Southern Methodist University, situated on a 163-acre campus in suburban University Park (an incorporated residential district surrounded by Dallas), remains independent of state support and nonsectarian in its teaching, although it is related to the Methodist Church. The school was the project of the Texas Educational Commission, made up of representatives of the five annual conferences of the Methodist Episcopal Church, South, in Texas. These conferences in 1911 accepted for the church the ownership and control of the institution. In order that it might begin on a broader foundation, especially in regard to its theological and graduate schools, the General Conference of the Methodist Episcopal Church, South, in 1914 made the university the connectional institution for all Methodist conferences west of the Mississippi. In 1939, with the unification of the Methodist Church, the ownership of the university was vested in the South Central Jurisdictional Conference of the Methodist Church, comprising the states of Nebraska, Kansas, Missouri, Arkansas, Louisiana, Oklahoma, New Mexico, and Texas. Since September 22, 1915, when the school opened with an enrollment of 706 in two buildings on a bare hillside, the institution has grown to have a plant made up of seventy-three permanent buildings on a well-planned campus and an enrollment of 9,000. Assets totaled $527 million, which included a $352 million endowment in 1992.
The university is divided into the Dedman College of Humanities and Sciences, the Meadows School of the Arts, the Edwin L. Cox School of Business, the School of Engineering, the Dedman School of Law, the Perkins School of Theology, the Center of Teacher Education, and the Division of Education and Lifelong Learning. SMU offers eighty different undergraduate majors and confers a number of bachelor's, master's, and doctoral degrees.
The university had a staff of 195 in 1948. In the fall of 1974 the enrollment was 10,079, and the faculty numbered over 700. A large percentage of the student body was from out of state. Buildings constructed after World War II followed the original modern Georgian style. The Owens Fine Arts Center, a complex consisting of ten major facilities for the teaching and presentation of the arts, included art museums, performing arts theaters, and an auditorium. Total assets of the university were more than $109,900,000 in 1969, including a $24,911,273 endowment fund and a physical plant valued at well over $50 million. The seven university libraries contained 1,046,714 cataloged books and pamphlets in 1969; their holdings were increasing at the rate of 70,000 volumes per year. The Southern Methodist University Press, formerly the University Press of Dallas, was established in 1937 as the university's publishing division. A member of the Association of American Presses since 1945, the press maintained more than 100 books on its current in-print list on a broad range of topics, with emphasis on the Southwest region and Americana. The press issued two magazines: the Southwest Review and the Journal of the Graduate Research Center, the latter incorporating and continuing Field and Laboratory, established in 1932.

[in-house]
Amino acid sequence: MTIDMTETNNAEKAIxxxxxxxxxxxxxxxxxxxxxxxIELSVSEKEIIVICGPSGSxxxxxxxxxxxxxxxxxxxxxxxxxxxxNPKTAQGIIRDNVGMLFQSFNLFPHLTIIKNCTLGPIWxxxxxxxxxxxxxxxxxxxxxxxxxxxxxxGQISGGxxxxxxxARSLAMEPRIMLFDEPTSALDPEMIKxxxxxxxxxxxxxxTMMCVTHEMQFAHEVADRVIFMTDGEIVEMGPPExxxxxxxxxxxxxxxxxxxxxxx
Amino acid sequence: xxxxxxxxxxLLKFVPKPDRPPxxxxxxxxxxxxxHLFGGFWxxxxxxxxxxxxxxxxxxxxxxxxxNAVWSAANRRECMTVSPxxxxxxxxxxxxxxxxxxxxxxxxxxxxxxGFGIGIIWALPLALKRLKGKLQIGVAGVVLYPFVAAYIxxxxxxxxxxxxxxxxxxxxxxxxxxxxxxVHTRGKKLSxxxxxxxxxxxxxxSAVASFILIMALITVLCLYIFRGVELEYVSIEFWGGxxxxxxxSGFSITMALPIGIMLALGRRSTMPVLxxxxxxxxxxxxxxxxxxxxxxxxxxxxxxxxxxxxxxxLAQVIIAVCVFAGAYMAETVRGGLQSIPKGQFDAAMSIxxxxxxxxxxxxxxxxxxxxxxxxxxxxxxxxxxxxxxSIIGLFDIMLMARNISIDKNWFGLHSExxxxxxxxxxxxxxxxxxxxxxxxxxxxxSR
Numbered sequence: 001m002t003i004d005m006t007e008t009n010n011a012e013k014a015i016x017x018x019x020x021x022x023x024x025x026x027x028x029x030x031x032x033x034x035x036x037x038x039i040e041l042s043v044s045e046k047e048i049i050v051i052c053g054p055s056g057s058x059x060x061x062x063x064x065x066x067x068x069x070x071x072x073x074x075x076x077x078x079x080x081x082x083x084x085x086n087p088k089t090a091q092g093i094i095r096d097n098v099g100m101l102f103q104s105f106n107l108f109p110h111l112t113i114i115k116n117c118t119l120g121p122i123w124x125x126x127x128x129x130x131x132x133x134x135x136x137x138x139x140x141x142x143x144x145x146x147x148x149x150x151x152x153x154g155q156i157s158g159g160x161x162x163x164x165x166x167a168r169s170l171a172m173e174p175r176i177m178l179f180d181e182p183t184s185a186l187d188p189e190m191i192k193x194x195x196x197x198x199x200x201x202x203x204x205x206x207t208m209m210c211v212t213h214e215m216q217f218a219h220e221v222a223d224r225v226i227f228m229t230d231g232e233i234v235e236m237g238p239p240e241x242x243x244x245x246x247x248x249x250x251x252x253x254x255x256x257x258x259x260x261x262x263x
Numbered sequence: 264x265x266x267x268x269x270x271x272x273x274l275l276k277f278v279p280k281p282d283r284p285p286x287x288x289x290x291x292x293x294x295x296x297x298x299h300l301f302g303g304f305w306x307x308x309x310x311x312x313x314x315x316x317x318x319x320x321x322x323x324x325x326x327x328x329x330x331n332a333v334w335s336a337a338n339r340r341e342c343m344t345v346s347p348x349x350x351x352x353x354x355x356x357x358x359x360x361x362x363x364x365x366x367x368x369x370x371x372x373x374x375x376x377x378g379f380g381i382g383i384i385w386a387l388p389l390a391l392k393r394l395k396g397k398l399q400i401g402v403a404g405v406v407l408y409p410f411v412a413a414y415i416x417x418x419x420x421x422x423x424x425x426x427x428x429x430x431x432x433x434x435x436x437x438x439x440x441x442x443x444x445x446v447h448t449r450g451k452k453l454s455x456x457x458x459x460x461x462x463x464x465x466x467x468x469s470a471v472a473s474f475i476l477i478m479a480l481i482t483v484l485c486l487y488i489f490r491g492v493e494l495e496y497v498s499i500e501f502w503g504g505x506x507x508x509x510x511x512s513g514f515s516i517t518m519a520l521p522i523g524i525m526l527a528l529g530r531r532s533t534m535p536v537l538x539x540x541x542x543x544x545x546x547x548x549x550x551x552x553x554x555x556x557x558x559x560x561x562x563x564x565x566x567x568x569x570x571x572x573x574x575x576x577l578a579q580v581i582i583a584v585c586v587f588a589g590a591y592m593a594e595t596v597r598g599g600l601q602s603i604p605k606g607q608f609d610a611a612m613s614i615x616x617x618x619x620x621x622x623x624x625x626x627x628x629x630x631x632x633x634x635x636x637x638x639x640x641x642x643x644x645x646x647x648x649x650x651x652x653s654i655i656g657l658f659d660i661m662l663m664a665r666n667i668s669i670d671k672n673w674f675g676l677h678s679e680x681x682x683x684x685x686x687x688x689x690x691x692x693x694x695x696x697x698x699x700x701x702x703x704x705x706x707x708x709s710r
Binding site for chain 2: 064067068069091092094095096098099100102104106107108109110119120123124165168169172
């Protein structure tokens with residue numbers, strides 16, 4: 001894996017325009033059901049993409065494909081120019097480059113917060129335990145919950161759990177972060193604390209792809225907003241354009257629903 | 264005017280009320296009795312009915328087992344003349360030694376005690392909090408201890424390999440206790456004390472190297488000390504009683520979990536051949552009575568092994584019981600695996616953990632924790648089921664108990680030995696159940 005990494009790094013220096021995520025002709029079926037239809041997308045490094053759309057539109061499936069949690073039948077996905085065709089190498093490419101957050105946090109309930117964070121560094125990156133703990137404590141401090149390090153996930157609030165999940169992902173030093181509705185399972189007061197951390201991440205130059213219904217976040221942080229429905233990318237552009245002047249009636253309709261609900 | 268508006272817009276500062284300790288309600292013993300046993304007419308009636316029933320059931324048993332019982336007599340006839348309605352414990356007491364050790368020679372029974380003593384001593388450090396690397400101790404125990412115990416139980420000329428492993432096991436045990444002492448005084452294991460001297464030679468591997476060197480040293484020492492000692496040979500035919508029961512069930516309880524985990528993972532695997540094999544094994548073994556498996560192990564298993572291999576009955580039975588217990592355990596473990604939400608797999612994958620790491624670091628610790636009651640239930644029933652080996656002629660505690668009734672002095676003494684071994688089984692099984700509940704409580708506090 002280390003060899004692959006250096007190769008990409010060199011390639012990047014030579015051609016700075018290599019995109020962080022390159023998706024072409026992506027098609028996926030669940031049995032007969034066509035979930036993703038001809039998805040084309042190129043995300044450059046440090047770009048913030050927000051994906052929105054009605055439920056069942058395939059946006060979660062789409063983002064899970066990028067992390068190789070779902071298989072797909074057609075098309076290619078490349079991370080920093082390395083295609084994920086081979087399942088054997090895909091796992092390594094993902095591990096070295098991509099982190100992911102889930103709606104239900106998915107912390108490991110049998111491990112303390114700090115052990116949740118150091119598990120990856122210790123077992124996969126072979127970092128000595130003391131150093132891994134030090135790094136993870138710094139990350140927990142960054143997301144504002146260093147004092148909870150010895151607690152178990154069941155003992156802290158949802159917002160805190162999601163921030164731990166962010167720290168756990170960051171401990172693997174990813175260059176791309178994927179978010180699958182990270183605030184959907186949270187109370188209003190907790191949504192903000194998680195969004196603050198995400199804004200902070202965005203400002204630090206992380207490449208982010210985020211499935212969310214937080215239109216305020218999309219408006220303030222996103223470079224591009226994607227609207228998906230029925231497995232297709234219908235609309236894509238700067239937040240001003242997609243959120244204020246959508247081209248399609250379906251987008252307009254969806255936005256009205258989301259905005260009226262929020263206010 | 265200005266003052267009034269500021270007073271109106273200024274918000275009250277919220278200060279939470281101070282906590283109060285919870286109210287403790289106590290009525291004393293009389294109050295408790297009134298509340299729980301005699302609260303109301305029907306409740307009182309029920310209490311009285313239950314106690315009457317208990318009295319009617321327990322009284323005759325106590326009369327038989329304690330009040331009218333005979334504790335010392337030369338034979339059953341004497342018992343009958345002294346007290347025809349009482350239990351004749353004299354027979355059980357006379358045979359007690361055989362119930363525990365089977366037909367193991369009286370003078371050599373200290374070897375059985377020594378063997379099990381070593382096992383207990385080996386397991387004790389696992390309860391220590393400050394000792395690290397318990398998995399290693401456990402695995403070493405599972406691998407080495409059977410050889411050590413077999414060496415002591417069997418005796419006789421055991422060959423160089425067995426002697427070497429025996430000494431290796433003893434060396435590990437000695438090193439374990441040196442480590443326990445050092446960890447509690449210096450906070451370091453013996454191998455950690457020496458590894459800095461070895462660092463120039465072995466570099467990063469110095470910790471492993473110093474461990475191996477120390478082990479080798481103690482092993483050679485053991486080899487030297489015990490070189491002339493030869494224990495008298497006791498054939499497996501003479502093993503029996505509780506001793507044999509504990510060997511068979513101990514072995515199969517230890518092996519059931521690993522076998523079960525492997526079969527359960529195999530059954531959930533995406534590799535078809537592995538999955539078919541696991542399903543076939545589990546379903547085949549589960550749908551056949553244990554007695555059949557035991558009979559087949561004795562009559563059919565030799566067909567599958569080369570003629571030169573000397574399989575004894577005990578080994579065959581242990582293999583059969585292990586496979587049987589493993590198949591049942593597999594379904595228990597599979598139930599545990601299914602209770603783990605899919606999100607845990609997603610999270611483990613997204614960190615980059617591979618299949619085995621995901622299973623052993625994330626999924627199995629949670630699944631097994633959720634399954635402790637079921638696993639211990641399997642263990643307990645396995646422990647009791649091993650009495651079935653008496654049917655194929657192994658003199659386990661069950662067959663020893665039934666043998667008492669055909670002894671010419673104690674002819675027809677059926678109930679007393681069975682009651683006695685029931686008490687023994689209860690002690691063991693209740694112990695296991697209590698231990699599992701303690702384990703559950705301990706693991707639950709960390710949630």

In 1973 the university opened a 420-acre educational center at Fort Burgwin, New Mexico, near Taos. Courses in anthropology, archeology, biology, the fine arts, and the performing arts, among others, are offered at Fort Burgwin through the SMU-in-Taos Program.
In 2001 the university's endowment was valued at $911 million. Enrollment in the fall of 2000 was 10,064, of which 5,662 were undergraduates, and the faculty numbered 528. Management of the university is the responsibility of the board of trustees. Combined, the libraries at SMU house more than two million volumes. Southern Methodist University has been served by nine presidents and two acting presidents: Robert S. Hyer, 1911–20; Hiram A. Boaz, 1920–22; James Kilgore, acting president, 1922–23; Charles C. Selecman, 1923–38; E. B. Hawk, acting president, 1938–39; Umphrey Lee, 1939–54; Willis M. Tate, 1954–72; Paul Hardin, 1972–74; James H. Zumberge, 1975–80; L. Donald Shields, 1981–86; and A. Kenneth Pye, 1987-.